Over the past few months, I have found myself feeling more responsible and indispensable both personally and professionally. There are more people counting on me. There is more riding on my decisions. There is less room for selfishness. There is a greater need for collaboration. This goes for work projects, child-rearing and marriage maintaining.

I’ve always been slightly obsessed with the past and the present–heck, that’s what this blog is all about–but I find myself thinking a lot more about the future now. The unrelenting onslaught of big life changes over the last seven years has finally taught me one overarching lesson: good or bad, no stage of life lasts forever and you’re not the one in control.

That sounds trite–and probably obvious–but when I’m engaged in the daily grind, it’s easy for me to forget. My two-year-old daughter will always speak in delightfully broken English. My six-month-old son will always need to scream himself to sleep. My family and friends will always be around. My coworkers will always be my coworkers and my job will always be my job, until I decide it’s time for me to move on.

These are the lies that I’ve convinced myself of. These are the lies that punch me in the gut when unplanned change rears its ugly head, or time marches on and life evolves. Change is the truth that demands perspective, animates life and inspires gratitude.

Speaking of gratitude, I love the fact that my birthday lands right before Thanksgiving and the start of the Christmas season–a time to annually renew your spirit by taking holistic stock of where you’ve been, where you’re going and who you’re going with.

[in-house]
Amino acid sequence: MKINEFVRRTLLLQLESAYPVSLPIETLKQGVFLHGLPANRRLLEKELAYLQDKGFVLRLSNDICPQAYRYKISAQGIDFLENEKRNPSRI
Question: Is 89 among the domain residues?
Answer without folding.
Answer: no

If the last year has shown me anything, it’s that the word “change” can be a synonym for “blessing.” I’m convinced that everything that happened to me in the first half of my 30s–good or bad, fun or sad–happened for a reason that was later made obvious to me or eventually will be.

There’s no doubt that the next half of this decade will be just as unscripted as the first. But if I’m doing this right, I’ll view the present with a renewed passion and the future with a grateful hope.

I hope you will, too.

9/11 Never Really Goes Away…Nor Should It.


The hashtag #NeverForget, a seemingly cliche sentiment that is trotted out every September 11th without fail, is also just a truthful description of my feelings about that fateful day.

I will never forget. Even if I wanted to, I can’t forget.

Having spent the past few days in New York City for the first time and staying in a hotel that was about a block from the 9/11 Memorial, my memories of and emotions about the events of that devastating Tuesday were more palpable than they usually have been in the subsequent 16 years.